Apologizing With the Expectation of Receiving an Apology Back
Sometimes people start off a discussion with an apology, even if they haven't done anything to be sorry for. They do it with the expectation that their friend will take the hint and apologize as well. While this can work occasionally in starting a discussion, more often than not the real issues never get addressed. What happens is one person apologizes and the other feels that they are on good terms. The one who apologizes may then feel bad that their friend ignored their feelings.
While every friendship is different, a discussion generally needs to start out with a request to talk rather than an apology.
For example, saying:
- "I was bothered by what happened at the park yesterday. I'd like to talk about it when you have a chance."
is more straightforward and clear than:
- "I'm sorry about what happened yesterday."
In the second example, your friend may think you are taking responsibility for the incident and that the issue is closed.
In another example, saying:
- "Are we okay? I feel as if things have been tense since I went back to school. Do you have time to talk about it now?"
gives a clear indication to your friend that you'd like to talk it out. This is much better than saying:
- "I'm sorry I've been busy with school. Are you mad at me?"
In the second example, you are letting your friend know you suspect there is anger involved on their part, which may be incorrect. This could make any misunderstandings that already exist that much worse.
Apologizing When Your Intentions Have Been Misinterpreted
Very often apologies get watered down when we feel we are saying sorry for something we really didn't do. If, for example, your friend thinks you have been ignoring her but you've seen her as much as ever, it can signal a need for more attention. Perhaps she is going through a clingy phase due to an issue like a job loss or other major lifestyle change. In this case, saying, "I'm sorry" in and of itself isn't going to cut it. You have to identify the real problem at hand.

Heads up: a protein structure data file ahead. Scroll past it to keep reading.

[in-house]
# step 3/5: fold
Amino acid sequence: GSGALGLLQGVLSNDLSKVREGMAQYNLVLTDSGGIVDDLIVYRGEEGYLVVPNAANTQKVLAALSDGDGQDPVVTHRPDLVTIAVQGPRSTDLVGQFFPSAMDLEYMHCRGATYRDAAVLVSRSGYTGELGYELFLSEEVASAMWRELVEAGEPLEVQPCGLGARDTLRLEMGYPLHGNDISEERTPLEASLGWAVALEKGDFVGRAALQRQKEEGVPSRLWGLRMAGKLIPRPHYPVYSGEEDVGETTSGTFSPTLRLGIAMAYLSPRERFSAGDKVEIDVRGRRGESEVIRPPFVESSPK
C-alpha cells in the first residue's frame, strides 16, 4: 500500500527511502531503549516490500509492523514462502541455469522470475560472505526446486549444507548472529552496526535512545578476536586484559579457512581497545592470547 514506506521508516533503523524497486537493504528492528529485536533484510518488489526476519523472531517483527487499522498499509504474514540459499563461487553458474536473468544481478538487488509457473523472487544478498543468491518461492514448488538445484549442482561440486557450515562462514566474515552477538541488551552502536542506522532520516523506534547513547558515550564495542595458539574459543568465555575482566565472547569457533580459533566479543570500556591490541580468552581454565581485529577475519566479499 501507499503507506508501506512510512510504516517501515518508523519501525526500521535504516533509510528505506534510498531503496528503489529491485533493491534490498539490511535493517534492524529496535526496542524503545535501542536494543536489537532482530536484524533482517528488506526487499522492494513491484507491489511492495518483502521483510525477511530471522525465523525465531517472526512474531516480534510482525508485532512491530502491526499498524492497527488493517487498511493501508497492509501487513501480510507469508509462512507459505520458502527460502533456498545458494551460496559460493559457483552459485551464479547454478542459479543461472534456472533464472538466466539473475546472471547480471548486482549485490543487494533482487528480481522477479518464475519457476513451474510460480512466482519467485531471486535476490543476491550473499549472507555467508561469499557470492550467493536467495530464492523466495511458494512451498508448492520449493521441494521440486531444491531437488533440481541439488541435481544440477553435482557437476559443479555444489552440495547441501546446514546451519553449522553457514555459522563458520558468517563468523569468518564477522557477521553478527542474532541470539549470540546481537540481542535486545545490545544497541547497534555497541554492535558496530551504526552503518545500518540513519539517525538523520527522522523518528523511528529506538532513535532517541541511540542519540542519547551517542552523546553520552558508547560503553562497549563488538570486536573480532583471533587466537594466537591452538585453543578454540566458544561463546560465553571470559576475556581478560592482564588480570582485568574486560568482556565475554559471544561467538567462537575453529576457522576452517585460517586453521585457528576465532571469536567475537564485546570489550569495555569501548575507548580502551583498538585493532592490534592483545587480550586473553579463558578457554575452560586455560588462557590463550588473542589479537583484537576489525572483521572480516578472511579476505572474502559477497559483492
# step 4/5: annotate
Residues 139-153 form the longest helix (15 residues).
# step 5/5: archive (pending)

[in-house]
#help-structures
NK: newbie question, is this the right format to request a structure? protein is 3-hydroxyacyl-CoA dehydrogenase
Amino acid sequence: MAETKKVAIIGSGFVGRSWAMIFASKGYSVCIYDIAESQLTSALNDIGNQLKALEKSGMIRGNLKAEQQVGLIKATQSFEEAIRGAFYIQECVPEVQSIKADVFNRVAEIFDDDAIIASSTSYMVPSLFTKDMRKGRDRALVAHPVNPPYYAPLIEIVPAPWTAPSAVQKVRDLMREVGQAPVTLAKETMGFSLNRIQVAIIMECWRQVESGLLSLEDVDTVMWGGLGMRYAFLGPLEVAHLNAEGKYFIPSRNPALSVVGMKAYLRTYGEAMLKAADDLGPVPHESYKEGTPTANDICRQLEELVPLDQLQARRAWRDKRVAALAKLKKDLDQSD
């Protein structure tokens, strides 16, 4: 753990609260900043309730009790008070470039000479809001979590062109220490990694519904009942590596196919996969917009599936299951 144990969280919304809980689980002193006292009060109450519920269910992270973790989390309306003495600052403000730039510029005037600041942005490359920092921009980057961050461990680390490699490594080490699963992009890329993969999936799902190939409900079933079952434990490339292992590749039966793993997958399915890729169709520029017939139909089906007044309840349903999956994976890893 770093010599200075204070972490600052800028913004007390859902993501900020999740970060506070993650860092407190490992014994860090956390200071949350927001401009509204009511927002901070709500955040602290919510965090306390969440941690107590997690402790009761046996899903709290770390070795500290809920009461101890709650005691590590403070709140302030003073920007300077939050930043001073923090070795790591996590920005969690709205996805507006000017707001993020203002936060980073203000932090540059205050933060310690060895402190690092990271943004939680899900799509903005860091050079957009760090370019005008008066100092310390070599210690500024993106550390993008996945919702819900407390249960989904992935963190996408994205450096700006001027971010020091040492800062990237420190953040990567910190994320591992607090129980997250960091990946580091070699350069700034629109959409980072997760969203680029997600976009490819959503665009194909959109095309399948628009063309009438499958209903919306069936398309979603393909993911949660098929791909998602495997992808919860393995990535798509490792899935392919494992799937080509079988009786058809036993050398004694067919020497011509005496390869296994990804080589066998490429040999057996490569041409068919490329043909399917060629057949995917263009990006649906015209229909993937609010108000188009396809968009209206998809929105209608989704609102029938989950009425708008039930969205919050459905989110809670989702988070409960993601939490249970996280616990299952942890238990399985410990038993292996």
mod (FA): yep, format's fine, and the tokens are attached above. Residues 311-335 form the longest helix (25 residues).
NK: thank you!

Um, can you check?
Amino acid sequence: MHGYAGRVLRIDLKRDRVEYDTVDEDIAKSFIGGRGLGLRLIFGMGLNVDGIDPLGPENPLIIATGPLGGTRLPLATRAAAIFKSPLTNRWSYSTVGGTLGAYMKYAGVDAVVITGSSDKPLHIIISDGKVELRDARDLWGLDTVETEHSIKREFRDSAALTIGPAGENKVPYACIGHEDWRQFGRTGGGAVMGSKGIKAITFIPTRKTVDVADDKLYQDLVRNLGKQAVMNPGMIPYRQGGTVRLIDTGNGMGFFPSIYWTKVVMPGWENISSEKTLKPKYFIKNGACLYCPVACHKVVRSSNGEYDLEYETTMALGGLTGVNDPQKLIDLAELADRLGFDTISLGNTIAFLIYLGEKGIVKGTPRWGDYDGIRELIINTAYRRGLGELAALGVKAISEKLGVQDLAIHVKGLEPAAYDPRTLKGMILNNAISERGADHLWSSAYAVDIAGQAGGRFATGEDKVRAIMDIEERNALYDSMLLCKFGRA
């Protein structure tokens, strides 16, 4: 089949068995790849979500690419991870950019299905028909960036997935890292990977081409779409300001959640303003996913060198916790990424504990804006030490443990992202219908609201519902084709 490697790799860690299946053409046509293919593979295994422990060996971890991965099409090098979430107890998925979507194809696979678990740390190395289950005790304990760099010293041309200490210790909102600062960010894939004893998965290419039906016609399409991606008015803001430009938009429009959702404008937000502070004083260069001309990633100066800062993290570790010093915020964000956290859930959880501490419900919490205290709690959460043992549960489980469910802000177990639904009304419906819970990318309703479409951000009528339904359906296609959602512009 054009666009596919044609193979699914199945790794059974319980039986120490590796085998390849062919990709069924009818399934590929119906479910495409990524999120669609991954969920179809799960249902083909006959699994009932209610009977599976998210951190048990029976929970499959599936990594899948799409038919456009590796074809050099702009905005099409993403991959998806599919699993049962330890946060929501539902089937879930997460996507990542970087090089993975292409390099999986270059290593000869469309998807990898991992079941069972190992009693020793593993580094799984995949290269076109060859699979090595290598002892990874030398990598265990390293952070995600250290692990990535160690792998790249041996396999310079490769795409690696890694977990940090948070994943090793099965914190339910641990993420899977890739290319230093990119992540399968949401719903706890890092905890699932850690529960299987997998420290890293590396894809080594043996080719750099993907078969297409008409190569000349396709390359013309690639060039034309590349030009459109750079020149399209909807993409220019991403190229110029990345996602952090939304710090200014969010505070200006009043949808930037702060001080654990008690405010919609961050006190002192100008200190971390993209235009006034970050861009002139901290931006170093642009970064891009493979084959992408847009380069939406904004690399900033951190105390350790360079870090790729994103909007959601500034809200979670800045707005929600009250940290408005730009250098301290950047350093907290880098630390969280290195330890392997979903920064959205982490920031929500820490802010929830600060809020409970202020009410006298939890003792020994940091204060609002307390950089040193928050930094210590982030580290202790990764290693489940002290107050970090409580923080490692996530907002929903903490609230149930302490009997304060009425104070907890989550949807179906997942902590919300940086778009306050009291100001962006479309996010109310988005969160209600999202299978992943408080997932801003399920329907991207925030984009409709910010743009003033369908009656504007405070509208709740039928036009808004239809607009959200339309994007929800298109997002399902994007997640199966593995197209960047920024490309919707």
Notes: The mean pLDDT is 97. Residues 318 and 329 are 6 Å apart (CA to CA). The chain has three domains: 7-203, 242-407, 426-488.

You also should not give a non-apology, or an apology that is void of responsibility. If you say, "I'm sorry you feel that way" it doesn't address the underlying issue or make your friend feel better. In this example, avoid starting off with an apology but probe to find out what the issue really is and talk it through. When you discover the real problem, you should acknowledge your friend's hurt (whether you meant to do it or not) by apologizing, which could go something like this:
- "I'm so sorry you have been feeling neglected. I never meant to hurt you, and I thought everything was okay between us. I don't want you to continue to feel bad, your feelings are important to me."
This is better than a simple, "I'm sorry you feel that way" because you are acknowledging your friend's hurtful feelings and letting her know you weren't being careless with her emotions.
Don't Apologize As a Ploy to Get Out of Arguing
If you're afraid of conflict, you may be someone that apologizes quickly in order to avoid an argument. While maintaining peace is a worthy goal in a friendship, if you're consistently apologizing without talking through the underlying issues for your disagreement, it could create an unbalanced relationship.
When one person "gives in" more than the other, resentment can build and cause a huge blow out down the road that might even end the friendship.